Though it doesn't feel much like spring today, recent weather forecasts promise that we can expect warmer temperatures in the weeks and months ahead. And when the weather's suitable, there tends to be an increased number of pedestrians on and along Columbia's roadways. In this post, our Missouri personal injury lawyers discuss pedestrian traffic accidents and recommend a few safety precautions for Missourians who plan to travel by foot this spring.
Pedestrian accidents: The facts
• According to the Insurance Institute for Highway Safety (IIHS), 4,432 pedestrians were killed and more than 69,000 were injured in 2011 motor vehicle accidents in the U.S. Pedestrians account for approximately 14% of all auto accident fatalities.
• Within the next 24-hour period, an average 324 people will receive emergency medical treatment for pedestrian-related injuries, reports the Centers for Disease Control (CDC).
• Data from the Missouri Highway Patrol reveals that 91.2% of 2011 pedestrian traffic crashes resulted in injuries or fatalities, where only 36.3% of all traffic crashes caused someone to be killed or injured.
• Fatal accidents involving pedestrians are more likely to happen in urban areas, and they often occur on crosswalks, sidewalks, median strips and traffic islands.
Safety tips for Missouri pedestrians
• Obey all signs and signals. Follow all pedestrian signals, but don't rely on these signals alone. Unfortunately, the fact that you have the right of way doesn't guarantee that other vehicles will stop for you.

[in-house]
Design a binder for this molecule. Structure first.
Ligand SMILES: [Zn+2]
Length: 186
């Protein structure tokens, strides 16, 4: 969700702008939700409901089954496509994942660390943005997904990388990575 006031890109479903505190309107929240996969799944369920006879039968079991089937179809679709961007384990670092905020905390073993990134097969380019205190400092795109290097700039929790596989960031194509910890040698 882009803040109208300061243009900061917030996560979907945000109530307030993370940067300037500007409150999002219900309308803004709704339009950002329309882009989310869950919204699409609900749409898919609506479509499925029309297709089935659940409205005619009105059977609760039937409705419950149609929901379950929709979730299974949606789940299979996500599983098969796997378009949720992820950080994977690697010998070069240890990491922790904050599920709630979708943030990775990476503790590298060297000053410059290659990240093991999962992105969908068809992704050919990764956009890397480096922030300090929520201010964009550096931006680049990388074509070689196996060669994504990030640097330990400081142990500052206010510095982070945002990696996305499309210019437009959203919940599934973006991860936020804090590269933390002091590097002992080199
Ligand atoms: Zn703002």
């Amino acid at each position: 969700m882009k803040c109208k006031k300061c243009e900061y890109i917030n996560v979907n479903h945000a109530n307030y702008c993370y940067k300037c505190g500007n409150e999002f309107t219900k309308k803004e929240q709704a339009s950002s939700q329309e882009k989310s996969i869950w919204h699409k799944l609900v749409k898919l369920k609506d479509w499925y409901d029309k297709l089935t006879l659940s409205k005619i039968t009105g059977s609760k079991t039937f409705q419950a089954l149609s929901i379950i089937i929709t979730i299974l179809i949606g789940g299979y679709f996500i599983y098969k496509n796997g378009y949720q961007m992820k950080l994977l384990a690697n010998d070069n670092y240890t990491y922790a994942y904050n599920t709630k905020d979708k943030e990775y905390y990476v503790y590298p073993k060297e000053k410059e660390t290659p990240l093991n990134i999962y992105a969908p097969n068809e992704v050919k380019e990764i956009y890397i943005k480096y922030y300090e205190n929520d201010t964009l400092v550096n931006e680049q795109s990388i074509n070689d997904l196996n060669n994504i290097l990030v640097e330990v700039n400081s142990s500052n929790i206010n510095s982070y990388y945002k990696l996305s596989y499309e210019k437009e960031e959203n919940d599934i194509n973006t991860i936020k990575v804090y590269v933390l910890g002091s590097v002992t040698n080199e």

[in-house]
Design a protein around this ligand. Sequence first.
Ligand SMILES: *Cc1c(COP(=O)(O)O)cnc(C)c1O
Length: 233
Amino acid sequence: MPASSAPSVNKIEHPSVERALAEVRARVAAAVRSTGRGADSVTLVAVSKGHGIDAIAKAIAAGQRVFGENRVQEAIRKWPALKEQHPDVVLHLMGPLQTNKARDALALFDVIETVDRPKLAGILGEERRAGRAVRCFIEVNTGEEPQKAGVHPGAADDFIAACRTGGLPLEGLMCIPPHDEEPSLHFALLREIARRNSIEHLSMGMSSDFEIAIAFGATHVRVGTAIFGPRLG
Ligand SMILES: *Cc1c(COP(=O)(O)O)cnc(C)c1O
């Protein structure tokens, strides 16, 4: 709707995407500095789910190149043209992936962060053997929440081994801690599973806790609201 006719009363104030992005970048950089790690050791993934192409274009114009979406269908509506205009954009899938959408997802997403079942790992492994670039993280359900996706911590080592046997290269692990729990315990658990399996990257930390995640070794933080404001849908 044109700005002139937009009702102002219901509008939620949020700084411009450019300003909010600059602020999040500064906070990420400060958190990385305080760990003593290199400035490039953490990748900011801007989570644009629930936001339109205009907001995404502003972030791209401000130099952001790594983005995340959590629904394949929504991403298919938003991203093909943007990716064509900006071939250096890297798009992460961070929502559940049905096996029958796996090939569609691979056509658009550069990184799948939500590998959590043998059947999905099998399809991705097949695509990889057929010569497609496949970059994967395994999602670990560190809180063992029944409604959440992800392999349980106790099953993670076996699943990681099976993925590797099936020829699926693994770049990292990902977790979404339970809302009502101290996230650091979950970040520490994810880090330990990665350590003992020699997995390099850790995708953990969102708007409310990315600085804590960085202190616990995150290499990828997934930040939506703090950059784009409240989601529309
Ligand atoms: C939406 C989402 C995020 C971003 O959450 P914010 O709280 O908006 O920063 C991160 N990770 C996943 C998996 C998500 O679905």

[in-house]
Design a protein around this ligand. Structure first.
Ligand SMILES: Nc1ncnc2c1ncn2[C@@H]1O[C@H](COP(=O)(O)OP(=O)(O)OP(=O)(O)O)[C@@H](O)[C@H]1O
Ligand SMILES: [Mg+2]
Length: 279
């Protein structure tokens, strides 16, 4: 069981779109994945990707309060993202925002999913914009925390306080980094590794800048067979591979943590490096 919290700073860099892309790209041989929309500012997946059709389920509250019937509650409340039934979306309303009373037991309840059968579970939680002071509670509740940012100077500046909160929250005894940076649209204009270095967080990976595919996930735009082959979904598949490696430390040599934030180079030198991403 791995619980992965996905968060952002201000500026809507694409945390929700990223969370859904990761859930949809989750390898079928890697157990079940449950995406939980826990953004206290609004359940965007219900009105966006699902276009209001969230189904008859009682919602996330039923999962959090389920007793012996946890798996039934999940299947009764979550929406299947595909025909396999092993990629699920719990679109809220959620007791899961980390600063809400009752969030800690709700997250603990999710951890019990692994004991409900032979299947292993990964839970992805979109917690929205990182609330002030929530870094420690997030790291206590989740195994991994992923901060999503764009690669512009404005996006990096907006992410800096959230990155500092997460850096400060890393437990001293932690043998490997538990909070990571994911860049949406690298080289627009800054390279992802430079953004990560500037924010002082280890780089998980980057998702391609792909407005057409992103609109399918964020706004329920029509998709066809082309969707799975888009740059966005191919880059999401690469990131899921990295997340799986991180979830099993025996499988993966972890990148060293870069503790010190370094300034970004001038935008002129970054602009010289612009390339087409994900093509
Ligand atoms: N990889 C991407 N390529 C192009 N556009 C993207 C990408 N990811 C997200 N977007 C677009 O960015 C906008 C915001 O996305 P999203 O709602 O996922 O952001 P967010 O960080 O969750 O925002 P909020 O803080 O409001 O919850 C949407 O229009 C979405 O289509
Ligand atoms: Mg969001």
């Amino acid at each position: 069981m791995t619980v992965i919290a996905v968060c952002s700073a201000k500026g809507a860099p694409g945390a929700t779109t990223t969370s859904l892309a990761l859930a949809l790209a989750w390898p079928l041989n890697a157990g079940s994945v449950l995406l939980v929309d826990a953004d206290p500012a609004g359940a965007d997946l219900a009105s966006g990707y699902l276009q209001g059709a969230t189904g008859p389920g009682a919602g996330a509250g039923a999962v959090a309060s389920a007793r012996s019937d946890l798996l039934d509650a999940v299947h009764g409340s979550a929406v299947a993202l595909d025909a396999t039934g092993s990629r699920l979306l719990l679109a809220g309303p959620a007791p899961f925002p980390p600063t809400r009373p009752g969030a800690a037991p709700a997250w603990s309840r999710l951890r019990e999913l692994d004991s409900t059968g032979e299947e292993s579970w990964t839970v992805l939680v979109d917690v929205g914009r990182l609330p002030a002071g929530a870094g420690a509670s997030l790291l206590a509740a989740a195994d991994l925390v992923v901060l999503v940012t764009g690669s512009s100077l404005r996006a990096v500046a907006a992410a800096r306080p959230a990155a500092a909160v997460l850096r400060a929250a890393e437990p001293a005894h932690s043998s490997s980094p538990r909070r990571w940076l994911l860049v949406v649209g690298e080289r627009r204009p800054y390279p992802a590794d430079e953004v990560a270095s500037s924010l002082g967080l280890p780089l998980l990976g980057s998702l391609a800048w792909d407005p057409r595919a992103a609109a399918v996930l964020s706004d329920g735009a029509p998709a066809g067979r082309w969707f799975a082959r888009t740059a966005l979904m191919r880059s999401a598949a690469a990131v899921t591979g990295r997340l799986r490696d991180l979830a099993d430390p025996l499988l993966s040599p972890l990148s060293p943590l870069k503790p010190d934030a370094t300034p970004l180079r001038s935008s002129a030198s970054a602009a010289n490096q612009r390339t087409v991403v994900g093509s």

• Take steps to make yourself visible to drivers. When you're traveling by foot, wear white or light colors to make it easier for drivers to see you. Use reflectors and a flashlight when walking at night. When you're preparing to cross the street, be sure to stand clear of obstructions (such as parked vehicles, hedges, etc.) so approaching drivers will know you're there.
• Stay focused on what's happening around you. In today's world, distractedness is proving to be just as hazardous to pedestrians as it is to drivers. A study published in the journal Injury Prevention found that nearly one out of three pedestrians is using a mobile device while attempting to cross a busy roadway. Furthermore, texting pedestrians were four times less likely to follow safety rules. Your best chance of avoiding involvement in a pedestrian accident is to pay close attention to the vehicles traveling near you.
• Use extra care when crossing. When possible, use designated pedestrian crossings, as drivers are more likely to anticipate foot traffic in such crosswalks. Before stepping into the roadway, always look left, then right, then left again - and keep your eyes peeled for turning vehicles.